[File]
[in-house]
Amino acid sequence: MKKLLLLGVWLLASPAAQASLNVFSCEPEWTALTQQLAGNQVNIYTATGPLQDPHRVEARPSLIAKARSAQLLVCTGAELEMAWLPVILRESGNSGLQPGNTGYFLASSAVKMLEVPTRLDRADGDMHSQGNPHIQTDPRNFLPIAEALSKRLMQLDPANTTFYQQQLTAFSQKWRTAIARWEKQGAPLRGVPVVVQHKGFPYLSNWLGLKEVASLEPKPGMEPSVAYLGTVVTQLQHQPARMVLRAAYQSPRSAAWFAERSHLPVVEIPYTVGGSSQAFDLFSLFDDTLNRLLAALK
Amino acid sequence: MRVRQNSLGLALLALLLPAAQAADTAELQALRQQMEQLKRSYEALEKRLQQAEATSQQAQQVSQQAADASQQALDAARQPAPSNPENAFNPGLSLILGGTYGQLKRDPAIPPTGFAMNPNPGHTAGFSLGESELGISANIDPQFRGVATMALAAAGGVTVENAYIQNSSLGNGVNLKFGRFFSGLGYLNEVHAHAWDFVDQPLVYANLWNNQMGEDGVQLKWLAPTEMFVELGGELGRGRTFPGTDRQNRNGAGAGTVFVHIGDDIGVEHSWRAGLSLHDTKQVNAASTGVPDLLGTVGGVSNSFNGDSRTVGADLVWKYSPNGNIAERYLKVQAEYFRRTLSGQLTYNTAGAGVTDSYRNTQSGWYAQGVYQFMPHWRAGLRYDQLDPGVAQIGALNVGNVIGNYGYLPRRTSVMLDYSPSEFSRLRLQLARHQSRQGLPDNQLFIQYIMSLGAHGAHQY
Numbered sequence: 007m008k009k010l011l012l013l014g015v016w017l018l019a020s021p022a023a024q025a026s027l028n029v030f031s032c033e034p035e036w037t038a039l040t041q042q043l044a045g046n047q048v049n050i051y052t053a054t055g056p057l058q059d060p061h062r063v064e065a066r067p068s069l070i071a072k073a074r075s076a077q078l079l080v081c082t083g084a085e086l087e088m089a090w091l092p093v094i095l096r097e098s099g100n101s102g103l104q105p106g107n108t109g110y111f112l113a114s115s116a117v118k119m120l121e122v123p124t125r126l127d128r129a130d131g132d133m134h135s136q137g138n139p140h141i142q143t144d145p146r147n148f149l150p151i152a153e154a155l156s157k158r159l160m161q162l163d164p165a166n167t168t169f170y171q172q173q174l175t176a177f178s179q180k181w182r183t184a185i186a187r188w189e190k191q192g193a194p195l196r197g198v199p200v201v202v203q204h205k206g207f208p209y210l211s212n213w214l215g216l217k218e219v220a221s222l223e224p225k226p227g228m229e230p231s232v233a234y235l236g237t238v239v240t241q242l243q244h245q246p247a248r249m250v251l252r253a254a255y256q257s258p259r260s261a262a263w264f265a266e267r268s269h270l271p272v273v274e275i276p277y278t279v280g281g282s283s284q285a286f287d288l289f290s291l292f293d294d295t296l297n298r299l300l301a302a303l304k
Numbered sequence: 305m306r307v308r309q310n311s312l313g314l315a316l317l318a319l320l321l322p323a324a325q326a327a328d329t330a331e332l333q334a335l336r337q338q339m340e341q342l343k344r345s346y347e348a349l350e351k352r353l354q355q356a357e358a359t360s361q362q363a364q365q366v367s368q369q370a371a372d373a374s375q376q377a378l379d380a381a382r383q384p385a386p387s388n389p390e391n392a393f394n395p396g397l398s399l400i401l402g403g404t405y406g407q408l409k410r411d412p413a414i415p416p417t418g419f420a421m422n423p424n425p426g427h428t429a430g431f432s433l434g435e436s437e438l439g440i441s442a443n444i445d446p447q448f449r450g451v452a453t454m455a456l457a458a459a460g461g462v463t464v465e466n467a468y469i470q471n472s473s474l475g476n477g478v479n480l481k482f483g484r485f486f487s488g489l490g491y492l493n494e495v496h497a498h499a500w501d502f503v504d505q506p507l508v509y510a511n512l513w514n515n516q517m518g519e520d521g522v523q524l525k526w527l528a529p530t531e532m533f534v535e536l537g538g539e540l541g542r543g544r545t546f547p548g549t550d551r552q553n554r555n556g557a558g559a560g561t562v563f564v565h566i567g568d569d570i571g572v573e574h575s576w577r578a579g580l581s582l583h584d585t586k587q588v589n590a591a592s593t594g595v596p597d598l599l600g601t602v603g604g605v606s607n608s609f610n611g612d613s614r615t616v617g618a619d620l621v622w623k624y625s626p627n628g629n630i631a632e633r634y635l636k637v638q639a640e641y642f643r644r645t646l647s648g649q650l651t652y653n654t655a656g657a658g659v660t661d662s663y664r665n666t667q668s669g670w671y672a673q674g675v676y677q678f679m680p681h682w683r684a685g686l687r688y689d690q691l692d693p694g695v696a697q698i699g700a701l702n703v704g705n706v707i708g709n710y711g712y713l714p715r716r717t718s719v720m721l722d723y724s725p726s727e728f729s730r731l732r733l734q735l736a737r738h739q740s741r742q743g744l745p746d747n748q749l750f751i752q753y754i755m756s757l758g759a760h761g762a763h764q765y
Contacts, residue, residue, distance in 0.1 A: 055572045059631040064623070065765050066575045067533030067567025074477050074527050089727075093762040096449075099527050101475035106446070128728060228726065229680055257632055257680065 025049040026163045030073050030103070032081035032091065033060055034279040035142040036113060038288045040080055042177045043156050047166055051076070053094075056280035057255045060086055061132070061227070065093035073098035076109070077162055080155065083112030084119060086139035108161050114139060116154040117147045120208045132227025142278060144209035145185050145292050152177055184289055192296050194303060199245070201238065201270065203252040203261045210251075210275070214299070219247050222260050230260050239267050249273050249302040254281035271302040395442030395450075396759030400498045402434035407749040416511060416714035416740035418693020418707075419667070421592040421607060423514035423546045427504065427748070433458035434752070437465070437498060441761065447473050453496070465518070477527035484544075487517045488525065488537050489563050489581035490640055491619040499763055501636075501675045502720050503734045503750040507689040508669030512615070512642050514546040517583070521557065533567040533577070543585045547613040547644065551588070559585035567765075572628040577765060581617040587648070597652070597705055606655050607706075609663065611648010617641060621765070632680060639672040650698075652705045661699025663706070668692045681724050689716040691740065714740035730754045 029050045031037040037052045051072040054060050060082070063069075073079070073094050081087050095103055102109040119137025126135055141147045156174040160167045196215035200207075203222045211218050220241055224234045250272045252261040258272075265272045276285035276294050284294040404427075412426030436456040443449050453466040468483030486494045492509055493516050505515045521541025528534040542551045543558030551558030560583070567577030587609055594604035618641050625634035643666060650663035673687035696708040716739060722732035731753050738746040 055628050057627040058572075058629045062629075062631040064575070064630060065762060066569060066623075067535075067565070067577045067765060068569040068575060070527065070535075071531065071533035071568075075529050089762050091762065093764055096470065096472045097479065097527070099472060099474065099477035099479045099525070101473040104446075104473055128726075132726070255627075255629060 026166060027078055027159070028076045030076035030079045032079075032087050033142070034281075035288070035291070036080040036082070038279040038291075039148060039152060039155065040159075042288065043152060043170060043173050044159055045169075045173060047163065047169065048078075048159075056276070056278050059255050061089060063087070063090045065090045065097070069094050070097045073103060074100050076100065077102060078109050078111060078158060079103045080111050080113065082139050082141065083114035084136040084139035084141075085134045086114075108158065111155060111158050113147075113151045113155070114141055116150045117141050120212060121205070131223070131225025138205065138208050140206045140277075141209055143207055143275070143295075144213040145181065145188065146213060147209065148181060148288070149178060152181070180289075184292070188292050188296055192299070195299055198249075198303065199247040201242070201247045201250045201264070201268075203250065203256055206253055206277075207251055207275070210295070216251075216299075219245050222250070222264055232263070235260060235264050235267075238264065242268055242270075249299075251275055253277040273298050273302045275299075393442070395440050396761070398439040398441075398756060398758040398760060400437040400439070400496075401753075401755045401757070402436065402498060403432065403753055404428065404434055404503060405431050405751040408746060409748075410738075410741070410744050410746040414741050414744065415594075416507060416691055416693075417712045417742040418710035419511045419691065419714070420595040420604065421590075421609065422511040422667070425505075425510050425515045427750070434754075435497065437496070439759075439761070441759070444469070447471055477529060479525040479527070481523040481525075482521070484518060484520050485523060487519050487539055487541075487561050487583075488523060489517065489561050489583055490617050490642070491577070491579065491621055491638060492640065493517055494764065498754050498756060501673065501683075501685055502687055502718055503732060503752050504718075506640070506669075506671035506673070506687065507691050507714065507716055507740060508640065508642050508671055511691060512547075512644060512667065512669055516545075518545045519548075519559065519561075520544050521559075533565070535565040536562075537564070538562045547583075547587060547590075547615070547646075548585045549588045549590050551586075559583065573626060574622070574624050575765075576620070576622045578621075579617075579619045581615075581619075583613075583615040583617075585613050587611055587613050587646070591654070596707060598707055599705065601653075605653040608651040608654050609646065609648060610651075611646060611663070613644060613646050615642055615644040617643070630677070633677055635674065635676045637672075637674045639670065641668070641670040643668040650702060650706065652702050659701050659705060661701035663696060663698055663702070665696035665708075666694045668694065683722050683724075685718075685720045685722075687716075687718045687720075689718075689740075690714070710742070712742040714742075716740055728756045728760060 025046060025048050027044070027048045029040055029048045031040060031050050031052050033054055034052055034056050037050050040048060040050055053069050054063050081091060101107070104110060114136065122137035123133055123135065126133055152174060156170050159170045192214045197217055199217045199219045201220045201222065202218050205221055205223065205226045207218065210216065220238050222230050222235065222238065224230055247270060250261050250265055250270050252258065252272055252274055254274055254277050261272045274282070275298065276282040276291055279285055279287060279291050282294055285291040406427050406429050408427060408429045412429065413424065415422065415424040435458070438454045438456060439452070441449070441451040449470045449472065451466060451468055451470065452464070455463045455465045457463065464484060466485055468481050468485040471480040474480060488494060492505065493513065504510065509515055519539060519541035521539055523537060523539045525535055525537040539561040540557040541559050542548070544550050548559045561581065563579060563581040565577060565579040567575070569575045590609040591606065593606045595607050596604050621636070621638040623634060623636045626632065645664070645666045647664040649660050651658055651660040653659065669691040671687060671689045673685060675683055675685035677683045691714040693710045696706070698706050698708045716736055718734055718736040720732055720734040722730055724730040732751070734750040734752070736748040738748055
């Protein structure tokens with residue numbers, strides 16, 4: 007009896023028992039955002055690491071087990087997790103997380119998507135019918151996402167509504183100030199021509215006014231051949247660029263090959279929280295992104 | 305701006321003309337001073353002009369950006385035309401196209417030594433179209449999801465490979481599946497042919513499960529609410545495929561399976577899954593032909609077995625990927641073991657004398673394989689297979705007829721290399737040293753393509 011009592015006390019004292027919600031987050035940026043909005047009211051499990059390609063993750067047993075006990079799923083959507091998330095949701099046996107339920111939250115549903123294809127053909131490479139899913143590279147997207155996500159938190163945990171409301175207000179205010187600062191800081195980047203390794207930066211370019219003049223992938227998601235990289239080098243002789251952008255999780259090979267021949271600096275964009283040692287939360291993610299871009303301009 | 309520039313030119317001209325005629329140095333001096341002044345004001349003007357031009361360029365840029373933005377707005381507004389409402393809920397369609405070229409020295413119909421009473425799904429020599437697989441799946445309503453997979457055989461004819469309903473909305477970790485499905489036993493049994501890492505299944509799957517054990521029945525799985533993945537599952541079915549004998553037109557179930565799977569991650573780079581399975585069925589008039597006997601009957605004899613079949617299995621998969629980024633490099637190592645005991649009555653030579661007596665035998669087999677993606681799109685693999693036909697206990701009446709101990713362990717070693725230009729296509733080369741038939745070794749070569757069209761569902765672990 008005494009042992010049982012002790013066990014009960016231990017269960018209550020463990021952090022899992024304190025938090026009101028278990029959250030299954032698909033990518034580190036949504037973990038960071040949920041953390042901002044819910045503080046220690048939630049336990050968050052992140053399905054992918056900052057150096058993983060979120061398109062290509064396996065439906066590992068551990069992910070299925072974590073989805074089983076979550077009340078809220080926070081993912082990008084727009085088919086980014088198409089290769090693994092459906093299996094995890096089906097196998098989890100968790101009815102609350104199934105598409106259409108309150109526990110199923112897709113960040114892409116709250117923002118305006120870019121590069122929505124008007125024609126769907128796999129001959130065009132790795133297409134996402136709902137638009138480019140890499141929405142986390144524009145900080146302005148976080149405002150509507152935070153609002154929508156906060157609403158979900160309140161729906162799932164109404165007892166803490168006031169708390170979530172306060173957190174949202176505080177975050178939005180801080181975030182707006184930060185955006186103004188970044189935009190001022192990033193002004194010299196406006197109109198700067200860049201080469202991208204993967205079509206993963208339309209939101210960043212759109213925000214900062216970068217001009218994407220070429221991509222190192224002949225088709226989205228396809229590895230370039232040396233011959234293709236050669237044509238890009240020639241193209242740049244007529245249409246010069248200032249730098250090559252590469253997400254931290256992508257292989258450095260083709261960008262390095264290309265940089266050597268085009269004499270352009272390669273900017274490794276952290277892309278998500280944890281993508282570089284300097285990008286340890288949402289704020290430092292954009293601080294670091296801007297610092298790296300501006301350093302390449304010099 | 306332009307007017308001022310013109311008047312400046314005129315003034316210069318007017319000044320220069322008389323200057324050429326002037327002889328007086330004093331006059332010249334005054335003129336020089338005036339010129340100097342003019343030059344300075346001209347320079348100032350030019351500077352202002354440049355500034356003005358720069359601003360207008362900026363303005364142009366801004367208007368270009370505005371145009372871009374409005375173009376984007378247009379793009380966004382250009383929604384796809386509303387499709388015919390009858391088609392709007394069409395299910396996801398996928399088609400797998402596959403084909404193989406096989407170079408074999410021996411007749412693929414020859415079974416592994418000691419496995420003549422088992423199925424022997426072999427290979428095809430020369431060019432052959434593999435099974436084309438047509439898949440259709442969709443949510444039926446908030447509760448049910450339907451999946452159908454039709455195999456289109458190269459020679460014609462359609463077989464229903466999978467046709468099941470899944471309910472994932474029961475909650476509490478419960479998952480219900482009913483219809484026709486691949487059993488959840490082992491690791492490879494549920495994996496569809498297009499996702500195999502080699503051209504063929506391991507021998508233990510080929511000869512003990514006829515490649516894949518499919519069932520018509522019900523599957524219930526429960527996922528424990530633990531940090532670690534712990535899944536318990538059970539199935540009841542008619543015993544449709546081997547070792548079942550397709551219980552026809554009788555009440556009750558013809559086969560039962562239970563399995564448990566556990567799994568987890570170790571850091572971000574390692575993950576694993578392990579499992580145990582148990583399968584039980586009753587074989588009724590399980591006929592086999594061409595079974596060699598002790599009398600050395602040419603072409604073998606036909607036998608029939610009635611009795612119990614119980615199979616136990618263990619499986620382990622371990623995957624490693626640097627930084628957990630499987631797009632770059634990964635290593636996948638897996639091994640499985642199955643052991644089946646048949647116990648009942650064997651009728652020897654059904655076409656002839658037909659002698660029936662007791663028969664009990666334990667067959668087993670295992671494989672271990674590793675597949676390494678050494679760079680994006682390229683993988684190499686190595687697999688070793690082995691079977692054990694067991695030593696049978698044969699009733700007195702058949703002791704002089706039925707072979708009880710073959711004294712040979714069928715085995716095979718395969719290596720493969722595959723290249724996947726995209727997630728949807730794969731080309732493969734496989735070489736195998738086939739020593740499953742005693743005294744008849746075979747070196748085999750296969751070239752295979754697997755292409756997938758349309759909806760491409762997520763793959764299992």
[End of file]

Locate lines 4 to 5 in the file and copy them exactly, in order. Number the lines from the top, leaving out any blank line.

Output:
Numbered sequence: 007m008k009k010l011l012l013l014g015v016w017l018l019a020s021p022a023a024q025a026s027l028n029v030f031s032c033e034p035e036w037t038a039l040t041q042q043l044a045g046n047q048v049n050i051y052t053a054t055g056p057l058q059d060p061h062r063v064e065a066r067p068s069l070i071a072k073a074r075s076a077q078l079l080v081c082t083g084a085e086l087e088m089a090w091l092p093v094i095l096r097e098s099g100n101s102g103l104q105p106g107n108t109g110y111f112l113a114s115s116a117v118k119m120l121e122v123p124t125r126l127d128r129a130d131g132d133m134h135s136q137g138n139p140h141i142q143t144d145p146r147n148f149l150p151i152a153e154a155l156s157k158r159l160m161q162l163d164p165a166n167t168t169f170y171q172q173q174l175t176a177f178s179q180k181w182r183t184a185i186a187r188w189e190k191q192g193a194p195l196r197g198v199p200v201v202v203q204h205k206g207f208p209y210l211s212n213w214l215g216l217k218e219v220a221s222l223e224p225k226p227g228m229e230p231s232v233a234y235l236g237t238v239v240t241q242l243q244h245q246p247a248r249m250v251l252r253a254a255y256q257s258p259r260s261a262a263w264f265a266e267r268s269h270l271p272v273v274e275i276p277y278t279v280g281g282s283s284q285a286f287d288l289f290s291l292f293d294d295t296l297n298r299l300l301a302a303l304k
Numbered sequence: 305m306r307v308r309q310n311s312l313g314l315a316l317l318a319l320l321l322p323a324a325q326a327a328d329t330a331e332l333q334a335l336r337q338q339m340e341q342l343k344r345s346y347e348a349l350e351k352r353l354q355q356a357e358a359t360s361q362q363a364q365q366v367s368q369q370a371a372d373a374s375q376q377a378l379d380a381a382r383q384p385a386p387s388n389p390e391n392a393f394n395p396g397l398s399l400i401l402g403g404t405y406g407q408l409k410r411d412p413a414i415p416p417t418g419f420a421m422n423p424n425p426g427h428t429a430g431f432s433l434g435e436s437e438l439g440i441s442a443n444i445d446p447q448f449r450g451v452a453t454m455a456l457a458a459a460g461g462v463t464v465e466n467a468y469i470q471n472s473s474l475g476n477g478v479n480l481k482f483g484r485f486f487s488g489l490g491y492l493n494e495v496h497a498h499a500w501d502f503v504d505q506p507l508v509y510a511n512l513w514n515n516q517m518g519e520d521g522v523q524l525k526w527l528a529p530t531e532m533f534v535e536l537g538g539e540l541g542r543g544r545t546f547p548g549t550d551r552q553n554r555n556g557a558g559a560g561t562v563f564v565h566i567g568d569d570i571g572v573e574h575s576w577r578a579g580l581s582l583h584d585t586k587q588v589n590a591a592s593t594g595v596p597d598l599l600g601t602v603g604g605v606s607n608s609f610n611g612d613s614r615t616v617g618a619d620l621v622w623k624y625s626p627n628g629n630i631a632e633r634y635l636k637v638q639a640e641y642f643r644r645t646l647s648g649q650l651t652y653n654t655a656g657a658g659v660t661d662s663y664r665n666t667q668s669g670w671y672a673q674g675v676y677q678f679m680p681h682w683r684a685g686l687r688y689d690q691l692d693p694g695v696a697q698i699g700a701l702n703v704g705n706v707i708g709n710y711g712y713l714p715r716r717t718s719v720m721l722d723y724s725p726s727e728f729s730r731l732r733l734q735l736a737r738h739q740s741r742q743g744l745p746d747n748q749l750f751i752q753y754i755m756s757l758g759a760h761g762a763h764q765y